Interview with Emily Devane
February 2017 Flash Fiction First Prize

Emily tells us about jotting down ideas for fictions in her notebook, wherever she is. Her habit has resulted in two flash fiction stories shortlisted in previous rounds of the Award and now published in To Carry Her Home: Bath Flash Fiction Volume One and her first-prize winning story from the February 2017 Award. It’s fascinating to read about what inspired all three stories. In her winning story, seeing an angling magazine took Emily back to past memories of fishing. She tells us how she shaped the story to include the child’s shift of perception, the central idea of the piece. Emily also describes how her former career as a history teacher helped her write stories that have subtext and certain inferences. We learn about her time as a Word Factory Apprentice and how it has taken her writing to different places. And she has some great tips for flash fiction writing at the end of the interview.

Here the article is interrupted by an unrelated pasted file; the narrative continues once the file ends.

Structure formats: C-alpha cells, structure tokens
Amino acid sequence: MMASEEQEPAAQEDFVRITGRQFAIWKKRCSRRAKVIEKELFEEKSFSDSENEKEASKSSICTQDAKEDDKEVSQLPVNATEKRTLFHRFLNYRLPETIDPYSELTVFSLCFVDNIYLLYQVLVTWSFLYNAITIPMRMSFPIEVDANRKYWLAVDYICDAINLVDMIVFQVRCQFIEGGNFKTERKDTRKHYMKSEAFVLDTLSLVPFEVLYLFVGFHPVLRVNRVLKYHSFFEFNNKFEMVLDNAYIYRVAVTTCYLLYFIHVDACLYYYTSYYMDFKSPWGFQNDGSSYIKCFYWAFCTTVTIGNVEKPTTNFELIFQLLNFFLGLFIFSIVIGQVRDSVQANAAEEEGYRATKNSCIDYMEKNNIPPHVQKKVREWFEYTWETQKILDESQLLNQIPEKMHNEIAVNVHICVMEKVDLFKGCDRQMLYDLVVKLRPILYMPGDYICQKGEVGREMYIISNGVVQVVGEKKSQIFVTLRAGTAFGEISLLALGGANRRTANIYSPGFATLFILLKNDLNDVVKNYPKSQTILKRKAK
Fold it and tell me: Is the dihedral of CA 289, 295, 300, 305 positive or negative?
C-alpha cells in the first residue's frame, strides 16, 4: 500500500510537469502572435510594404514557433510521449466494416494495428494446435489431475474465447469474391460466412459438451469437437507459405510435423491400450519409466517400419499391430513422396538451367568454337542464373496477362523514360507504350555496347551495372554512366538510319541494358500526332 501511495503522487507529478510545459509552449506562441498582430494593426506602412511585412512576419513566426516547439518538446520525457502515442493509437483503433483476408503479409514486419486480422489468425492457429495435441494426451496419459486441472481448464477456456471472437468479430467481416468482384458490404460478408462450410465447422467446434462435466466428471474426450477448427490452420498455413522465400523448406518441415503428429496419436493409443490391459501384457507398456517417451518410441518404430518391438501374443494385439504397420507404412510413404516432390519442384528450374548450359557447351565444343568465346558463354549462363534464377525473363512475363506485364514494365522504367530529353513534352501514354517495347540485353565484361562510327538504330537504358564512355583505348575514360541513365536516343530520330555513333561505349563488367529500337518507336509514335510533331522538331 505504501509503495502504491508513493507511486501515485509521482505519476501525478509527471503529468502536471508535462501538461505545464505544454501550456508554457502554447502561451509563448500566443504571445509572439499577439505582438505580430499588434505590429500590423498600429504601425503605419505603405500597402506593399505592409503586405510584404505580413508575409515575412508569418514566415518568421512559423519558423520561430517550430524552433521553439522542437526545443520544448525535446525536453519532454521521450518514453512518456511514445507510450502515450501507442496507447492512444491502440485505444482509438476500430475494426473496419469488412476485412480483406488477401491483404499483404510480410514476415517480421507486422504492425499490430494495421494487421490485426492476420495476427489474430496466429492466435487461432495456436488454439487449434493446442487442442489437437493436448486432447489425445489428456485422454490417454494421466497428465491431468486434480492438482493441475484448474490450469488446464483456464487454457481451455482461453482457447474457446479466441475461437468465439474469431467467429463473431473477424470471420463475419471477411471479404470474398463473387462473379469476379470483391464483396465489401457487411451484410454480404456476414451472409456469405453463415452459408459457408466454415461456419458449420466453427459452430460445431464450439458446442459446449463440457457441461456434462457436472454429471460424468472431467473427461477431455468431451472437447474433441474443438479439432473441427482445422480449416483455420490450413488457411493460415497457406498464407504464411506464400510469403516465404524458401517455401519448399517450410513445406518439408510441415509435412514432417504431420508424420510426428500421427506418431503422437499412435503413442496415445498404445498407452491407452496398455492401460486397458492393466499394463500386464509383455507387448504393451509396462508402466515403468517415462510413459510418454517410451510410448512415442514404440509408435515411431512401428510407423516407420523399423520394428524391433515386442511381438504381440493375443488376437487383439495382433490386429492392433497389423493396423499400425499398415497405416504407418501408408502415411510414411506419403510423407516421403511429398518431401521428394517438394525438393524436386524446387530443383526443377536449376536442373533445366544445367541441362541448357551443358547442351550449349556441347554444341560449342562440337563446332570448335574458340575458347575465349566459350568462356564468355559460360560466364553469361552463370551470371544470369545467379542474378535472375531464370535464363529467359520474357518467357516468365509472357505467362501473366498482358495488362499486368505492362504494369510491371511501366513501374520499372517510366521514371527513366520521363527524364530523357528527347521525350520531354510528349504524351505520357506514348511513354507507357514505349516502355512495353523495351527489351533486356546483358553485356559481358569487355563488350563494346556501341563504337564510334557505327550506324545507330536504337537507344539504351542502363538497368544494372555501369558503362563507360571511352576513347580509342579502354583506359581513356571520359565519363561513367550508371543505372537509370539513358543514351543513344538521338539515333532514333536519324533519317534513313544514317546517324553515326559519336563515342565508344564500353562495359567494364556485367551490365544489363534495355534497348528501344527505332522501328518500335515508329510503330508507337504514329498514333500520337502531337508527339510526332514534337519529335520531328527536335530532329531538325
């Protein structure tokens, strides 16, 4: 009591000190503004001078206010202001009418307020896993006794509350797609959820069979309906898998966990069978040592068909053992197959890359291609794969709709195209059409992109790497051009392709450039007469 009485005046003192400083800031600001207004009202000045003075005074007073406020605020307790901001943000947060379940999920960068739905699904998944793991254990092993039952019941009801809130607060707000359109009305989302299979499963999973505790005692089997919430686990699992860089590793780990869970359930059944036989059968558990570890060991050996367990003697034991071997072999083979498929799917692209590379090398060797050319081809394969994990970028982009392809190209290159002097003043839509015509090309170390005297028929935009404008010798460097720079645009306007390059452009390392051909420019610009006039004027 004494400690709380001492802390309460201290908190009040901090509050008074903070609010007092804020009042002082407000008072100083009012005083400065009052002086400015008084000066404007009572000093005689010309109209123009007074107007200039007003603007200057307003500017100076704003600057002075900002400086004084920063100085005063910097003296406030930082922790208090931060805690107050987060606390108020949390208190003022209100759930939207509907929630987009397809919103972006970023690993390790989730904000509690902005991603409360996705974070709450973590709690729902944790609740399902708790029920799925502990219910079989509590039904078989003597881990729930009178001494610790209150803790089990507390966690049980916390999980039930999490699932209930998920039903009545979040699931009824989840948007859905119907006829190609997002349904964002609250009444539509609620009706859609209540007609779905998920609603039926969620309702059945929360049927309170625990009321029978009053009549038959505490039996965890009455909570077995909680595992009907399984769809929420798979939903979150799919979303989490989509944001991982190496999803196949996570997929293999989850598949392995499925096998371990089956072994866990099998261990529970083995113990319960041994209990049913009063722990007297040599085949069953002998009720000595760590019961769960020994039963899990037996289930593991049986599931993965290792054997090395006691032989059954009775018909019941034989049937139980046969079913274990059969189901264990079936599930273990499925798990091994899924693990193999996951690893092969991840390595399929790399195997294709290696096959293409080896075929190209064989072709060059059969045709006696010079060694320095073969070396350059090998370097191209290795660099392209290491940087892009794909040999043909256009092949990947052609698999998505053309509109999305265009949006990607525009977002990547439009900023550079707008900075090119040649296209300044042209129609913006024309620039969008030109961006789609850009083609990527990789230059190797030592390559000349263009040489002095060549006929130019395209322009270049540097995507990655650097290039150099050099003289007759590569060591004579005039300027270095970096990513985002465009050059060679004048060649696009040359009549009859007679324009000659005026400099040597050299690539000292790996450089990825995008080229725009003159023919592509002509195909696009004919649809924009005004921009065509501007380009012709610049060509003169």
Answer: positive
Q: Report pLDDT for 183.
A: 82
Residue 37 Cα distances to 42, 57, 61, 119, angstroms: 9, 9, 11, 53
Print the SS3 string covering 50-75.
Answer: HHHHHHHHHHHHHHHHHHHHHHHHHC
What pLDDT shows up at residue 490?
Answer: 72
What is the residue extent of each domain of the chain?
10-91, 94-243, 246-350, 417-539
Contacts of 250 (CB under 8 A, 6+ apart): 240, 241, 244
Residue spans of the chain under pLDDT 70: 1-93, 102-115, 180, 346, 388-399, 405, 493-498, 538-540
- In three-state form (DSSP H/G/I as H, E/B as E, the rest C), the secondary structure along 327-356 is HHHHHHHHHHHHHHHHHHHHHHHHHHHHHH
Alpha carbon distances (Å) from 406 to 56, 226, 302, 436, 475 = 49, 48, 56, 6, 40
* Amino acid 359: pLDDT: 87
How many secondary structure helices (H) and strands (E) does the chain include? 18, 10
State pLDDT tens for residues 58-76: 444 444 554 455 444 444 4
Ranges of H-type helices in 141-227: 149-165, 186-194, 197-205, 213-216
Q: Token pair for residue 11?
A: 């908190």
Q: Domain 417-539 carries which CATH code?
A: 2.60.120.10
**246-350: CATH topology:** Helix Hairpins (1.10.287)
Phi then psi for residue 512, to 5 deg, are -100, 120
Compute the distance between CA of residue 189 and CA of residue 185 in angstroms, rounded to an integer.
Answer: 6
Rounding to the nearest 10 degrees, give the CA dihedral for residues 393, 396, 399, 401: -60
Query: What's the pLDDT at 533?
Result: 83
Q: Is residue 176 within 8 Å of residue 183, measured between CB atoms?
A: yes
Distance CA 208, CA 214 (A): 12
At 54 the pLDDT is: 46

The Hand That Wields The Priest is such a quiet story, I hesitated before pressing ‘send’ on my submission, assuming it lacked the ‘dazzle’ of a competition piece. I sent two stories and had much higher hopes for my other one (which didn’t make the longlist – shows what I know!). When my name popped up as the winner, I was genuinely surprised – and delighted, of course. The other commended and prize-winning stories are stunning.